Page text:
The unprecedented success of Australia's mining sector, which enabled the country to successfully weather the global financial crisis and has triggered a surge in the Aussie dollar, may have caused irreparable damage to the Great Barrier Reef, Australia's most renowned natural wonder and the world's largest coral reef system.
Some scientists claim that the Great Barrier Reef, situated off the coast of Queensland in north-eastern Australia, has already suffered permanent damage due to increased shipping of natural resources, port construction, and offshore gas and oil drilling.
7,000 ships are expected to traverse the reef each year by 2020, compared to 5,000 in 2010, while ports on the Barrier Reef coast currently export 156 million tonnes of coal each year (mtpa), a figure expected to rise to 953 mtpa before the close of the decade, according to AFP.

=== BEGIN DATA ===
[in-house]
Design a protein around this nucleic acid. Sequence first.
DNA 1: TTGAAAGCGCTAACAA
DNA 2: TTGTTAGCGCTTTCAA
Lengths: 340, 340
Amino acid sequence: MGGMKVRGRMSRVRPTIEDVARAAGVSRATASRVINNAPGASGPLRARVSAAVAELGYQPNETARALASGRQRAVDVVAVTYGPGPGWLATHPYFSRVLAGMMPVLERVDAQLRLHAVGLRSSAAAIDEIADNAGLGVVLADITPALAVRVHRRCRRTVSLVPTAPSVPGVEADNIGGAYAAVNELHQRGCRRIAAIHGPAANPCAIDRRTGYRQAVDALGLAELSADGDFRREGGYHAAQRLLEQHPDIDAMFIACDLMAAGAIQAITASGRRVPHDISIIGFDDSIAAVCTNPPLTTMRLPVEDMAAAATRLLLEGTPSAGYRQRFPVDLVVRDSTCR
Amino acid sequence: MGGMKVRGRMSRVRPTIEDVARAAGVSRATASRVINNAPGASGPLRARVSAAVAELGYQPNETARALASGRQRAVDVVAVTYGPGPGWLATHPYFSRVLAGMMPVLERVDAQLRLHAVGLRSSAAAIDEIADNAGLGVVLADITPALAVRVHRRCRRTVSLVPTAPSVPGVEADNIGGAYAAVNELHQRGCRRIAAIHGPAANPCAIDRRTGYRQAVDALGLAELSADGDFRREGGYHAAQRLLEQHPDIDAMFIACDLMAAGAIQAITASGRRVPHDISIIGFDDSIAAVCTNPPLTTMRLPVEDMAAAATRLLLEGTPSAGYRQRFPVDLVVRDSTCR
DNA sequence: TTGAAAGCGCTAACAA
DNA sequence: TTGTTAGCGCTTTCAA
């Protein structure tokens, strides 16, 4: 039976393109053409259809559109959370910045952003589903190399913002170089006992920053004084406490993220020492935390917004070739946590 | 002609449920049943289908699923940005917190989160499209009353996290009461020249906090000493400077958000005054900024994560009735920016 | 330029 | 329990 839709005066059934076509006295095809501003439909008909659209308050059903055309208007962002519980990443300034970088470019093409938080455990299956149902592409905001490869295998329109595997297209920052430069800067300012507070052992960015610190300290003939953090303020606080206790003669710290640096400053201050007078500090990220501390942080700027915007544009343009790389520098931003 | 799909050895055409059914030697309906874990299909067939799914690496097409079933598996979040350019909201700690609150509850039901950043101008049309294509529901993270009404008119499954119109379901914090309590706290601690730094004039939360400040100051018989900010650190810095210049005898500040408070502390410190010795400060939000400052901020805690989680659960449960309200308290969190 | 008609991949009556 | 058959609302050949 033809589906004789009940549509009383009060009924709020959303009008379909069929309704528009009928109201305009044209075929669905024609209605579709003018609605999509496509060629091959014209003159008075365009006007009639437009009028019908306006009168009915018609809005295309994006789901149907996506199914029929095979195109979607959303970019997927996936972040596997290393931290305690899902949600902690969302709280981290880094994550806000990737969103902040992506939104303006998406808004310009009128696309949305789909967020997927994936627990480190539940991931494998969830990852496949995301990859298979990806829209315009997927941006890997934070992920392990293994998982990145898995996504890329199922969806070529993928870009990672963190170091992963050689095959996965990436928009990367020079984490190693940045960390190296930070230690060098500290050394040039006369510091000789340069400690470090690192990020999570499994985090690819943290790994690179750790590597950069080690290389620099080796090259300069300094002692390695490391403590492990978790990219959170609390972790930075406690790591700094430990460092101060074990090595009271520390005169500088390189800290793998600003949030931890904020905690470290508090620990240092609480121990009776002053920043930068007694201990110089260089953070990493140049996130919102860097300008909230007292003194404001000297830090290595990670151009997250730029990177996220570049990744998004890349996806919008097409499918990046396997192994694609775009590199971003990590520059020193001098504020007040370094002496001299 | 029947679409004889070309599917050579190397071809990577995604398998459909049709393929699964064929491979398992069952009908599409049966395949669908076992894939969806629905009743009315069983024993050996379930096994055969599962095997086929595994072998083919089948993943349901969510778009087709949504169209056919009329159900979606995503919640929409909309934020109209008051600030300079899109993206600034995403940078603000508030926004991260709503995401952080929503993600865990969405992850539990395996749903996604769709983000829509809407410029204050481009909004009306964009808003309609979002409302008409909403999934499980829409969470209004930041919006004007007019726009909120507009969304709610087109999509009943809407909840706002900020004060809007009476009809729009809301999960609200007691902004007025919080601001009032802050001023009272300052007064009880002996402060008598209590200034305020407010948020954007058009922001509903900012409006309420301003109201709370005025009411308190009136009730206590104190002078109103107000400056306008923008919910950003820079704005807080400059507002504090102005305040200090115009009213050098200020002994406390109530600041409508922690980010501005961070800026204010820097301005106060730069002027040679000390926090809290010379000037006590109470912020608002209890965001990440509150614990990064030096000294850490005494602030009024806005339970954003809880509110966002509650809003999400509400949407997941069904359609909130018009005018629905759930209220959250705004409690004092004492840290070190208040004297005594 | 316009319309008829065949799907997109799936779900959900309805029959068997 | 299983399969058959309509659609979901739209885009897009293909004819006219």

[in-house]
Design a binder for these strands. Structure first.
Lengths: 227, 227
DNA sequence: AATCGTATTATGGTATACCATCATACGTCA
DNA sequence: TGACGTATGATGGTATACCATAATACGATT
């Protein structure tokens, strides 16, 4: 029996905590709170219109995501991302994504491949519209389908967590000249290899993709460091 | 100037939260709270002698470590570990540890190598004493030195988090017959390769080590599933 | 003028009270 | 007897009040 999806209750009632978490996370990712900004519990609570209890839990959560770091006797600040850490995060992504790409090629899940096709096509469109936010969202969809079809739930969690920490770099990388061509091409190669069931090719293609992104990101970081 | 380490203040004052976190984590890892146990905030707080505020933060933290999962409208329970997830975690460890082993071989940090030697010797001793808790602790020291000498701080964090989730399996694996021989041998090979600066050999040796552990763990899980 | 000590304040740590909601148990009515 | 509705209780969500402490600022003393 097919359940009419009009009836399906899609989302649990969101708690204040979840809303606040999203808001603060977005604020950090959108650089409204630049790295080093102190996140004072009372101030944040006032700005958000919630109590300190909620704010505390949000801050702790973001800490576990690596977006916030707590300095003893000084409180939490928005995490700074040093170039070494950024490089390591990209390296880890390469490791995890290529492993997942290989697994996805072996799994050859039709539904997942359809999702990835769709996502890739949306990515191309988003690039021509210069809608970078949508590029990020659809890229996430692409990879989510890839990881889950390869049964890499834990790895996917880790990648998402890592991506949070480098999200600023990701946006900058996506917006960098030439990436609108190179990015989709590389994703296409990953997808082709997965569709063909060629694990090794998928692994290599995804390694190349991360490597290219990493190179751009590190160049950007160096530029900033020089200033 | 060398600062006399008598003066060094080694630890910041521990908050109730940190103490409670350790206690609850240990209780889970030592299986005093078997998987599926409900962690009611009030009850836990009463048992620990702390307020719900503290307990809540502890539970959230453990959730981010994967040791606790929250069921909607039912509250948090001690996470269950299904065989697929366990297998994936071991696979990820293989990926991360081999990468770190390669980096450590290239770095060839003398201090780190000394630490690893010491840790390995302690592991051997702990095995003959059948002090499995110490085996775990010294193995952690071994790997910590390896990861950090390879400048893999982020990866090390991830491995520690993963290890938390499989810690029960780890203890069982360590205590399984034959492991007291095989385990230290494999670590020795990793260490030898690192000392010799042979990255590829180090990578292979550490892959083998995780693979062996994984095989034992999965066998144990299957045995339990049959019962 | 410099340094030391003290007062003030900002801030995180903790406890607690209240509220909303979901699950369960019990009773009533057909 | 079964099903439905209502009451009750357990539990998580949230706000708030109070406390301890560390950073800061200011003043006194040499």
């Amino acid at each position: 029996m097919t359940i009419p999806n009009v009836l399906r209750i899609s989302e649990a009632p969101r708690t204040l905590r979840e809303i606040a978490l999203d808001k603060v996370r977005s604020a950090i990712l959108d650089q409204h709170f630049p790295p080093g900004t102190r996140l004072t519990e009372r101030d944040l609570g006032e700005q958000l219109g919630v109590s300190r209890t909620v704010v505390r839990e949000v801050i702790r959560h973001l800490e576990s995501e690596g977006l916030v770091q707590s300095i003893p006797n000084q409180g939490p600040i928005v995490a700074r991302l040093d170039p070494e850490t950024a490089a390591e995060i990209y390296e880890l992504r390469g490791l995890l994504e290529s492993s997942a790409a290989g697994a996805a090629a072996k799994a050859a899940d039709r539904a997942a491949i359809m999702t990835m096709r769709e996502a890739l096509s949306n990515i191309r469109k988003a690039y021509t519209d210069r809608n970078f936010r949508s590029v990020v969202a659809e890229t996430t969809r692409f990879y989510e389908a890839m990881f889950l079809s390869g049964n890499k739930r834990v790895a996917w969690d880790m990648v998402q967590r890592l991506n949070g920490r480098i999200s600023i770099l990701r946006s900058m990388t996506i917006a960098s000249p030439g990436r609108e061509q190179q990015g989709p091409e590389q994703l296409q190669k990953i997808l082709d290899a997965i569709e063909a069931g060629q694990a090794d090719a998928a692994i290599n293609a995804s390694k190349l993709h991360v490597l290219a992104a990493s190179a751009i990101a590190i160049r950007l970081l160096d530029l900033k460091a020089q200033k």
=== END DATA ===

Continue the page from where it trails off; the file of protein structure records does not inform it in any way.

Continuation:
The United Nations has stepped in, warning of the perils that the Greater Barrier Reef faces as a result of Australia's unchecked mining industry. As reported by MINING.com earlier, UNESCO has called for a ban on the construction of new ports within the reef's vicinity for the next three years.
Queensland's state government has responded to UNESCO's calls with immediate vehemence, declaring itself to be a part of the "coal business" and stating frankly that it would not put environmental preservation before economic development.